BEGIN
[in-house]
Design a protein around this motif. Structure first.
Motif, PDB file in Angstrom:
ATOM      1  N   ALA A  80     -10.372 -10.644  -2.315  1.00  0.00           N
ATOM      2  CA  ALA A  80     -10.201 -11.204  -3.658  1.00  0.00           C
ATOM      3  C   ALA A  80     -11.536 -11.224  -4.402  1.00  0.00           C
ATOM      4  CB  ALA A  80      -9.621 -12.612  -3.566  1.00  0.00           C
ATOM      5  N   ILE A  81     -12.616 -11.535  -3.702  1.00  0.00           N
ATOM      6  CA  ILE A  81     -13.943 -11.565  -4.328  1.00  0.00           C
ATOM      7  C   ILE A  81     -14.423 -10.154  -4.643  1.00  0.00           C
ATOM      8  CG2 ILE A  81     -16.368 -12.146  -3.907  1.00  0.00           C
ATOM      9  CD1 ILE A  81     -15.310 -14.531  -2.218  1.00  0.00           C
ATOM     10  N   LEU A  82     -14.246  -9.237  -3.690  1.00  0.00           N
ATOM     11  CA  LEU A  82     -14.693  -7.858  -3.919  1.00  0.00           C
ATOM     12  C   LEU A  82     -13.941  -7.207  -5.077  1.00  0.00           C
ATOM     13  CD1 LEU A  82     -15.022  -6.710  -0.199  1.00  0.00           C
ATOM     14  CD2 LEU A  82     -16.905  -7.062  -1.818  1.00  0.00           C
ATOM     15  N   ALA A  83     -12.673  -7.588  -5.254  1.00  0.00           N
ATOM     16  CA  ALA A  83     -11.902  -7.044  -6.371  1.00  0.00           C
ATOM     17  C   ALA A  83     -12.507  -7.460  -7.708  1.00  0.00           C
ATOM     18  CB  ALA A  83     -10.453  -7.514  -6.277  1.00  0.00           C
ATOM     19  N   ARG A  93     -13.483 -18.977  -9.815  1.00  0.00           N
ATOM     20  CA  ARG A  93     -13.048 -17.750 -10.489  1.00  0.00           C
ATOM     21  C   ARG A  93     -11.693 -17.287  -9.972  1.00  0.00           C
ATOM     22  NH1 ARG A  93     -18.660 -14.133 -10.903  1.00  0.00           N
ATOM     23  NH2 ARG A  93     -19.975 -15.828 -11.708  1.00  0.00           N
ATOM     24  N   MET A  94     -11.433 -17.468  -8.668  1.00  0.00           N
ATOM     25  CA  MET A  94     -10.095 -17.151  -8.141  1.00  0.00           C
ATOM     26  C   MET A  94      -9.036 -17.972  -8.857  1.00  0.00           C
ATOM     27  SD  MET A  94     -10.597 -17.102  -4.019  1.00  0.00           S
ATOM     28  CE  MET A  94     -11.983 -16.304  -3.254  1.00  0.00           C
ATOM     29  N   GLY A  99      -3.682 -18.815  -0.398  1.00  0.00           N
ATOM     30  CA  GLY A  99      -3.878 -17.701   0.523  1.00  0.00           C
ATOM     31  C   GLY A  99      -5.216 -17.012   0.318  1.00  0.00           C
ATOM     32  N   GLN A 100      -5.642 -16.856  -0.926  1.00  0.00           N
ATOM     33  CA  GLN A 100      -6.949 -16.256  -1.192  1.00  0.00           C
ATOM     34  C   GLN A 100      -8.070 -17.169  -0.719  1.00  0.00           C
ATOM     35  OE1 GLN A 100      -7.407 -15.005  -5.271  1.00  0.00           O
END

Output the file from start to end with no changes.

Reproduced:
[in-house]
Design a protein around this motif. Structure first.
Motif, PDB file in Angstrom:
ATOM      1  N   ALA A  80     -10.372 -10.644  -2.315  1.00  0.00           N
ATOM      2  CA  ALA A  80     -10.201 -11.204  -3.658  1.00  0.00           C
ATOM      3  C   ALA A  80     -11.536 -11.224  -4.402  1.00  0.00           C
ATOM      4  CB  ALA A  80      -9.621 -12.612  -3.566  1.00  0.00           C
ATOM      5  N   ILE A  81     -12.616 -11.535  -3.702  1.00  0.00           N
ATOM      6  CA  ILE A  81     -13.943 -11.565  -4.328  1.00  0.00           C
ATOM      7  C   ILE A  81     -14.423 -10.154  -4.643  1.00  0.00           C
ATOM      8  CG2 ILE A  81     -16.368 -12.146  -3.907  1.00  0.00           C
ATOM      9  CD1 ILE A  81     -15.310 -14.531  -2.218  1.00  0.00           C
ATOM     10  N   LEU A  82     -14.246  -9.237  -3.690  1.00  0.00           N
ATOM     11  CA  LEU A  82     -14.693  -7.858  -3.919  1.00  0.00           C
ATOM     12  C   LEU A  82     -13.941  -7.207  -5.077  1.00  0.00           C
ATOM     13  CD1 LEU A  82     -15.022  -6.710  -0.199  1.00  0.00           C
ATOM     14  CD2 LEU A  82     -16.905  -7.062  -1.818  1.00  0.00           C
ATOM     15  N   ALA A  83     -12.673  -7.588  -5.254  1.00  0.00           N
ATOM     16  CA  ALA A  83     -11.902  -7.044  -6.371  1.00  0.00           C
ATOM     17  C   ALA A  83     -12.507  -7.460  -7.708  1.00  0.00           C
ATOM     18  CB  ALA A  83     -10.453  -7.514  -6.277  1.00  0.00           C
ATOM     19  N   ARG A  93     -13.483 -18.977  -9.815  1.00  0.00           N
ATOM     20  CA  ARG A  93     -13.048 -17.750 -10.489  1.00  0.00           C
ATOM     21  C   ARG A  93     -11.693 -17.287  -9.972  1.00  0.00           C
ATOM     22  NH1 ARG A  93     -18.660 -14.133 -10.903  1.00  0.00           N
ATOM     23  NH2 ARG A  93     -19.975 -15.828 -11.708  1.00  0.00           N
ATOM     24  N   MET A  94     -11.433 -17.468  -8.668  1.00  0.00           N
ATOM     25  CA  MET A  94     -10.095 -17.151  -8.141  1.00  0.00           C
ATOM     26  C   MET A  94      -9.036 -17.972  -8.857  1.00  0.00           C
ATOM     27  SD  MET A  94     -10.597 -17.102  -4.019  1.00  0.00           S
ATOM     28  CE  MET A  94     -11.983 -16.304  -3.254  1.00  0.00           C
ATOM     29  N   GLY A  99      -3.682 -18.815  -0.398  1.00  0.00           N
ATOM     30  CA  GLY A  99      -3.878 -17.701   0.523  1.00  0.00           C
ATOM     31  C   GLY A  99      -5.216 -17.012   0.318  1.00  0.00           C
ATOM     32  N   GLN A 100      -5.642 -16.856  -0.926  1.00  0.00           N
ATOM     33  CA  GLN A 100      -6.949 -16.256  -1.192  1.00  0.00           C
ATOM     34  C   GLN A 100      -8.070 -17.169  -0.719  1.00  0.00           C
ATOM     35  OE1 GLN A 100      -7.407 -15.005  -5.271  1.00  0.00           O